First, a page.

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Posts Tagged ‘margaret river’

_EBT8723As humans we like to think we’re pretty clever, after all we build things, we invent things, we control the environment around us, we are masters of all we survey.  So why is it that we are so awed when a wild thing accepts us into its domain without reservation?  It’s irrelevant what the animal is, a whale, a dolphin, a lion, a sea-lion it makes not a dot of difference, our superior bearing and arrogance evaporates and we are left in child like wonder and infatuation.

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We have just spent the better part of the last week at Hamelin Bay in the Margaret River region of southwest WA.  A stunning area in its own right but even more notable for its resident population of large bull rays and eagle rays that frequent its shoreline.

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Time and time again we saw the awe and delight that these friendly goliaths of the deep instilled in those who came to see them.  As they glided gently past, completely unfazed or perturbed by the attention, faces, both young and old alike,  lit up with each close encounter.

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Spent a pleasant couple of hours exploring the Busselton Jetty underwater observatory down near Margaret River in SW Western Australia.  It was hard to tell who was watching who a lot of the time

 

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_IBT3409The large black wing of the stingray gentle brushed against my leg as it passed. At first I thought it was indifference, that it just couldn’t be bothered going around me, but then it brushed me again on its next pass. All doubt was removed when a short time later another ray drifted up against my leg and momentarily settled on my foot.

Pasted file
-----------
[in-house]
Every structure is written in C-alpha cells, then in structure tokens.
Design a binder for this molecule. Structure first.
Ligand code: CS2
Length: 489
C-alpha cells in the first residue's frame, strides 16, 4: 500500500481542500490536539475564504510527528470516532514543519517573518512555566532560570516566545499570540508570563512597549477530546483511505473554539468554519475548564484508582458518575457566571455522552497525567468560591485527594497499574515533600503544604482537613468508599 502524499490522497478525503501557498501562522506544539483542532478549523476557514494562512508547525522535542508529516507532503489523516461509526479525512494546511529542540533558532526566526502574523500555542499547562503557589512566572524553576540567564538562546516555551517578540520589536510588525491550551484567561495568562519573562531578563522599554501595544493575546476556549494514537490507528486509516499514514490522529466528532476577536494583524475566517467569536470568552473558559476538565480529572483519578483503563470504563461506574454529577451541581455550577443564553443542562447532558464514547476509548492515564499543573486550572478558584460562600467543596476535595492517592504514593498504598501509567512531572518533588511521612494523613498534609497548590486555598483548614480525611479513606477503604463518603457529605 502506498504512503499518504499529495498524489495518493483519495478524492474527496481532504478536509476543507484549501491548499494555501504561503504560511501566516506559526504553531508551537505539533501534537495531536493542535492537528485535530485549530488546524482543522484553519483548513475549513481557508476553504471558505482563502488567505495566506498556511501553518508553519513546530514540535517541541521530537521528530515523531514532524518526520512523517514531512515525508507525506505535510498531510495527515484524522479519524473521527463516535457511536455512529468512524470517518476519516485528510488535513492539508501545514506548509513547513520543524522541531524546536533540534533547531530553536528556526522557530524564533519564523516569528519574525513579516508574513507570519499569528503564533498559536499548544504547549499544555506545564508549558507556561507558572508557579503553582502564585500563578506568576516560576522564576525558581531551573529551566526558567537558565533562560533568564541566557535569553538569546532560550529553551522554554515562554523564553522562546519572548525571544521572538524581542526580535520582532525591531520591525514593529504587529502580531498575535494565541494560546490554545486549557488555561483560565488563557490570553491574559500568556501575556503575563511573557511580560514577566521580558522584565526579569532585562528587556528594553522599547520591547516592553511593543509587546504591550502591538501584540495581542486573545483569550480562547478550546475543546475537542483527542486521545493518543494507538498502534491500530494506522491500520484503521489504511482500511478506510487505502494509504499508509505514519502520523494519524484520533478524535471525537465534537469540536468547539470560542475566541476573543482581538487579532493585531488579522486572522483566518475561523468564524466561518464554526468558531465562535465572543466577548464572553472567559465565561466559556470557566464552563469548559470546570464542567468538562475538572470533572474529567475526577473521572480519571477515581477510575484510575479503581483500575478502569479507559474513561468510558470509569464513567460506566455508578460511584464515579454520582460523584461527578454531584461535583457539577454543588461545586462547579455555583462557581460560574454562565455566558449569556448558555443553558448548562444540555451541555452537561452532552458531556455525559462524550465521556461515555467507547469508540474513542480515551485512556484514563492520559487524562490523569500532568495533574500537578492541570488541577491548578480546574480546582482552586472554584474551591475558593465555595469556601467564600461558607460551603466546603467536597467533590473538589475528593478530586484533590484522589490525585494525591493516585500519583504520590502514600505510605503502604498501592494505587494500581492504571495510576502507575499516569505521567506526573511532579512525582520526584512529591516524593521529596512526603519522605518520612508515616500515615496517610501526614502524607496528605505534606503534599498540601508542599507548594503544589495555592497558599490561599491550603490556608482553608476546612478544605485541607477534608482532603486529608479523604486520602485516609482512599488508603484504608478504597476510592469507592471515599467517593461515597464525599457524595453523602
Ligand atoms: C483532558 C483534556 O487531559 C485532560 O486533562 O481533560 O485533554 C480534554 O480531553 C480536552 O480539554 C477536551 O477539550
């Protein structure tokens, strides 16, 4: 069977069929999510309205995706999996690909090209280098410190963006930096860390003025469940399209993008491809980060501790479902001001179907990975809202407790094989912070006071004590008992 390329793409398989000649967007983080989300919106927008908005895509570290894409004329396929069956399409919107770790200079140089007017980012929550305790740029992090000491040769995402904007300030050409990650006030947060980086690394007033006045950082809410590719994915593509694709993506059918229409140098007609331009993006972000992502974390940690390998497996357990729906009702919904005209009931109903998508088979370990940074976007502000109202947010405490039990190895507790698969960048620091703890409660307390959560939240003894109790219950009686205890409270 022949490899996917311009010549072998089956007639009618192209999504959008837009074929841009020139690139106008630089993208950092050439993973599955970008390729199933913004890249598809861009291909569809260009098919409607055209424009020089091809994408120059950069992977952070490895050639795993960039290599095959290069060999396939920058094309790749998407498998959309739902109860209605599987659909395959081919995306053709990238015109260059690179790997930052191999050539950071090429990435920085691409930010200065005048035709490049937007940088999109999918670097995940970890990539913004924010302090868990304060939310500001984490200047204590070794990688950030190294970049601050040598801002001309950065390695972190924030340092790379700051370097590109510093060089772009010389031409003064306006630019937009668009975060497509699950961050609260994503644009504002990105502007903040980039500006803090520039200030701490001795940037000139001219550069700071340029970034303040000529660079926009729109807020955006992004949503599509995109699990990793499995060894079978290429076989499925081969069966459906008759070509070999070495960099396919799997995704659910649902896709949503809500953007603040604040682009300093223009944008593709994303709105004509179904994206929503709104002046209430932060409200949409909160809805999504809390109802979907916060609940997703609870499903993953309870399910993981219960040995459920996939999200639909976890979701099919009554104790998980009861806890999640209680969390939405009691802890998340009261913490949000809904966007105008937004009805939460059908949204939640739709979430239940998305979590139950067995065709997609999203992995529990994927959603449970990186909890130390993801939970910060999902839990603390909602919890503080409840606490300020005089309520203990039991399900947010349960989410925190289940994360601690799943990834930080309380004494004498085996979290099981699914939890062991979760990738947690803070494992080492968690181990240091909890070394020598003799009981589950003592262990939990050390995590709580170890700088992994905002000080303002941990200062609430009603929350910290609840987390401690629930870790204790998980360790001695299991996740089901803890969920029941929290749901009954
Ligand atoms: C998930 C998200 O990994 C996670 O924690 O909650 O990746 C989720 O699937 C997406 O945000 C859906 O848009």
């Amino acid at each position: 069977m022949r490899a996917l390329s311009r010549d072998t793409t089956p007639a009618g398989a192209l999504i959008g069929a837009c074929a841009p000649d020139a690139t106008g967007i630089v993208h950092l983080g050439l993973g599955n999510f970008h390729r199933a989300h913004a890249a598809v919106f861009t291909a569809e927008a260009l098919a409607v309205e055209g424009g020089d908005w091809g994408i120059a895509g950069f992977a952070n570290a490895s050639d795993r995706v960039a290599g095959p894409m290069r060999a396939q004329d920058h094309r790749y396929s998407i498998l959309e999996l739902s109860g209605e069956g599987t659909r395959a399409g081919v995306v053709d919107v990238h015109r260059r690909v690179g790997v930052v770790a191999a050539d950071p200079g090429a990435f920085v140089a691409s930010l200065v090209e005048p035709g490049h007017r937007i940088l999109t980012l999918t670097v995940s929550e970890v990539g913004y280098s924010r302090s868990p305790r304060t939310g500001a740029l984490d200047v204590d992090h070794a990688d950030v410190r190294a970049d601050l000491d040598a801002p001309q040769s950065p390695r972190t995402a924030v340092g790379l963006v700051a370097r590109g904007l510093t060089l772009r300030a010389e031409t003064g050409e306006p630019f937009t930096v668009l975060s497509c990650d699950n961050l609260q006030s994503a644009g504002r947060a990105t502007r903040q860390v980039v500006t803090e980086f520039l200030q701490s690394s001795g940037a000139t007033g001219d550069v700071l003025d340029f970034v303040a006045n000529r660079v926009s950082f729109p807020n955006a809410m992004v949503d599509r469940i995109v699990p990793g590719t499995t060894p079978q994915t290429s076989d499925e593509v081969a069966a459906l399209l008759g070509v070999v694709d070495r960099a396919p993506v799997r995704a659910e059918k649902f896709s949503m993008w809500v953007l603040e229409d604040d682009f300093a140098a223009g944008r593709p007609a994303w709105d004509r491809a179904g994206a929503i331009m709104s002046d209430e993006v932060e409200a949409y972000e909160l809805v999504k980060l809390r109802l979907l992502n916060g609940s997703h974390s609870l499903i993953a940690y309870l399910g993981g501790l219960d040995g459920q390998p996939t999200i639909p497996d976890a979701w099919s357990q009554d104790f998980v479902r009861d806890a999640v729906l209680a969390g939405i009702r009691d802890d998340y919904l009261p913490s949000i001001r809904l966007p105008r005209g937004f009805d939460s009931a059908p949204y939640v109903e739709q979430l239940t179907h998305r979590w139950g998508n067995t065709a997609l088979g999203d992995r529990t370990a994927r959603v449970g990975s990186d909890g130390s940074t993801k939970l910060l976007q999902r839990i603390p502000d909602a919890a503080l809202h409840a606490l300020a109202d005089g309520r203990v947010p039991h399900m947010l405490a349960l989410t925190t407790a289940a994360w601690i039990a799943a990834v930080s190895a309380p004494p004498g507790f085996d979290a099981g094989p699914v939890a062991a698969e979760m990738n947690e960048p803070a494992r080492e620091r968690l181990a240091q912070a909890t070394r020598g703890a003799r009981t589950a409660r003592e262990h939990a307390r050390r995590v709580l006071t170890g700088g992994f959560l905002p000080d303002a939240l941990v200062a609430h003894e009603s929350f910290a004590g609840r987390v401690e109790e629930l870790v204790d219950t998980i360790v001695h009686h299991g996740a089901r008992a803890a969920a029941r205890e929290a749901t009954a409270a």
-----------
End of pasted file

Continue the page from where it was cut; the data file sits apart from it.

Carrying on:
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We were standing knee deep in the clear waters of Hamlin Bay, about 30klms south of Margaret River in the South West of WA. To our right the wide sweep of white sand, named after the French explorer Jacques Hamelin, curved around the bay where it morphed into a rugged headland far in the distance, in front of us stood the last few remaining timber pylons of the old jetty and unseen further out in the bay lay numerous shipwrecks, testament to the bays notorious weather. But what we had come to see was right at our feet, literally.

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Over the years the stingrays of Hamlin Bay have become a popular tourist attraction as they frequented the beach to the delight of locals and tourist alike. Several years ago we had come to see them but the weather conspired against us. But not today, today they were here in abundance.

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As we stood and watched them glide through the clear shallow water it became obvious that they were just as curious about us and we them. They slid effortlessly between the legs of the spectators, frequently bestowing a brief caress as they passed. At other times they would ride a wave up onto the beach as if to get a better look and then catch the next one back out again. They had kilometres of beach available to them yet they were content to cruise the 50 metres or so of the ‘tourist’ strip in front of the old jetty.

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There is always something special about seeing animals in the wild, but so often you are merely tolerated, an observer. But to have a wild thing accept you and voluntarily interact with you with no fear or malice and no expectation of reward, that to me that is the most magical of experiences.

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